Wednesday, May 3, 2017

Wasting Time in the Weeds

“I went past the field of a sluggard, past the vineyard of someone who has no sense; thorns had come up everywhere, the ground was covered with weeds, and the stone wall was in ruins.  I applied my heart to what I observed and learned a lesson from what I saw: A little sleep, a little slumber, a little folding of the hands to rest—and poverty will come on you like a thief and scarcity like an armed man.” (Proverbs 24:30-34 NIV)

“It’s so easy to waste time in the weeds,” a former member of my ministry board used to say.  It would drive him crazy when meetings would go off the topic at hand into peripheral matters that had little or no connection to what we were discussing.  He was a great manager of his time and didn’t want to waste it.  

You don’t have to look far in our culture to find people spending a lot of time in the weeds.  I admit I find myself there more than I would like. Playing games online or on the phone, Facebook, television and movies, frivolous conversations with friends.  Vast amounts of time invested with little gain in return.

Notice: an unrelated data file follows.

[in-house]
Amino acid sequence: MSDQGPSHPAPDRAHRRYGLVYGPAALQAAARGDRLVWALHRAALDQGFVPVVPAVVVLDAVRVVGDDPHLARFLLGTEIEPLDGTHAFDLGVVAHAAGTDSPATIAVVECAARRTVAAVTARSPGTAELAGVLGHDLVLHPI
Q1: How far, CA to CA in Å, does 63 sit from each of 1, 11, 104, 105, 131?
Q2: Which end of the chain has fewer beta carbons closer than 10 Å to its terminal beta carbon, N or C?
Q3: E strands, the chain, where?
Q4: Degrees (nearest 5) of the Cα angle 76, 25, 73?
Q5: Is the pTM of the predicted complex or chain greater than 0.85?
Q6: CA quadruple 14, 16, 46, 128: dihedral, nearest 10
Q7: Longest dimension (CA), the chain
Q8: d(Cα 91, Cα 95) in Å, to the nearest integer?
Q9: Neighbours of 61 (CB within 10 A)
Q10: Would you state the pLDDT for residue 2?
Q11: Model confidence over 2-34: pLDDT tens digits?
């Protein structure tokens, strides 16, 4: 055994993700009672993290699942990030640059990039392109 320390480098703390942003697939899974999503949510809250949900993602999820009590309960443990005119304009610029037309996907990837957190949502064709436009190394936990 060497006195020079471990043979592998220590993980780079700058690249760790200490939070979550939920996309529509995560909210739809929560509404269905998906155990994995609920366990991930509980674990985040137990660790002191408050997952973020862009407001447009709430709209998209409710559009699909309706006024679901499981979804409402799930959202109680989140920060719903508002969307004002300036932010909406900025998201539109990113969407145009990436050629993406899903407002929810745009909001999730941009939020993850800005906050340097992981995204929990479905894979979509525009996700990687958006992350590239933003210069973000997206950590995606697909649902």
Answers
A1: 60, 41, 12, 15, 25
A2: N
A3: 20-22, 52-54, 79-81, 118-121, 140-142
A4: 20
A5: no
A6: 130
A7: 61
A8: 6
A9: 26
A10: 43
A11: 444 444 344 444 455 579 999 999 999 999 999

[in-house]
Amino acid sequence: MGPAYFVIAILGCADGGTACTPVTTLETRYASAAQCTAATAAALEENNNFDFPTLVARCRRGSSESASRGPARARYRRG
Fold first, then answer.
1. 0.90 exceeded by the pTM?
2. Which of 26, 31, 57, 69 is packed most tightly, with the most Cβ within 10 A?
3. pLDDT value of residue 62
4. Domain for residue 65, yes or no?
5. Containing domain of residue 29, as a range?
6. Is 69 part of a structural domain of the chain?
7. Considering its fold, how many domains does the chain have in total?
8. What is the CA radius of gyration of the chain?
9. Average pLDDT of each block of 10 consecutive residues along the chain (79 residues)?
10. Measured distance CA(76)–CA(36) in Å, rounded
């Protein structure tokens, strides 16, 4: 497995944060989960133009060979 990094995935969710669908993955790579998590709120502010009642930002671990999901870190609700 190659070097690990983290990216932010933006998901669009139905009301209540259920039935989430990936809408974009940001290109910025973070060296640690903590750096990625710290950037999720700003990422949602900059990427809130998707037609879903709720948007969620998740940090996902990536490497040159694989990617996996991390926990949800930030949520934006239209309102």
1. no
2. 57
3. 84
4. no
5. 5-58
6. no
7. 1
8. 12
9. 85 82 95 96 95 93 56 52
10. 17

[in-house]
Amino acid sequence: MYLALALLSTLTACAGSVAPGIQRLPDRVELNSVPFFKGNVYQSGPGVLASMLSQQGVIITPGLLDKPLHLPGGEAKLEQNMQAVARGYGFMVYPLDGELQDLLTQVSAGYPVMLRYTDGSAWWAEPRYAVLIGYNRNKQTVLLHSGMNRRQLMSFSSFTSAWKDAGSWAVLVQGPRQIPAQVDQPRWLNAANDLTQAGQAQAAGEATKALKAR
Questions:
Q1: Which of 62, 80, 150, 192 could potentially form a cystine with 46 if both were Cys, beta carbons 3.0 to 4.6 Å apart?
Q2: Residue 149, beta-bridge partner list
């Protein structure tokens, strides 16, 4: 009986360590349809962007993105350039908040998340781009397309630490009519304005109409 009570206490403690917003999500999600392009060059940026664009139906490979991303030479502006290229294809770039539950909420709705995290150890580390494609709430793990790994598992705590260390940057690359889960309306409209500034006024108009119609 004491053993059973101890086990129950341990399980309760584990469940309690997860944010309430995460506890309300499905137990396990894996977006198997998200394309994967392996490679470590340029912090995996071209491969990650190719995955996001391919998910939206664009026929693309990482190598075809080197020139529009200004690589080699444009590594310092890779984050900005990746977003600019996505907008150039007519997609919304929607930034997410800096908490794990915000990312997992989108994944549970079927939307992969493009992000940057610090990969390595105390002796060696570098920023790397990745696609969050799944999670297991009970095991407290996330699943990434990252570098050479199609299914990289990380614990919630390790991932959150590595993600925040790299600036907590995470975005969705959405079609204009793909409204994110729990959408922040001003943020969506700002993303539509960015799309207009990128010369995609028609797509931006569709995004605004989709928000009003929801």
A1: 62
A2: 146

I often challenge students to make the most of their college years. Instead of focusing solely on their academics or just hanging out with friends and having a good time, I encourage them to invest their time in growing spiritually and pouring what they are learning into the lives of other students.  I don’t want them to look back years later and realize they spent much of their college career wasting time in the weeds.  

The writer in Proverbs is talking about people applying their energies, their time, to things that are important rather than wasting it selfishly.  In the case of the sluggard, it was through laziness, but one who wastes time isn’t necessarily lazy.  I have seen people put a lot of time and energy into frivolous activity.  It is the focus of their energies that is the problem.  

We have one life to live and our time is limited.  Today, consider how much of it you are spending in the weeds.  It may seem enjoyable there, but what better, more meaningful things could you be doing with your time?

© Jim Musser 2017

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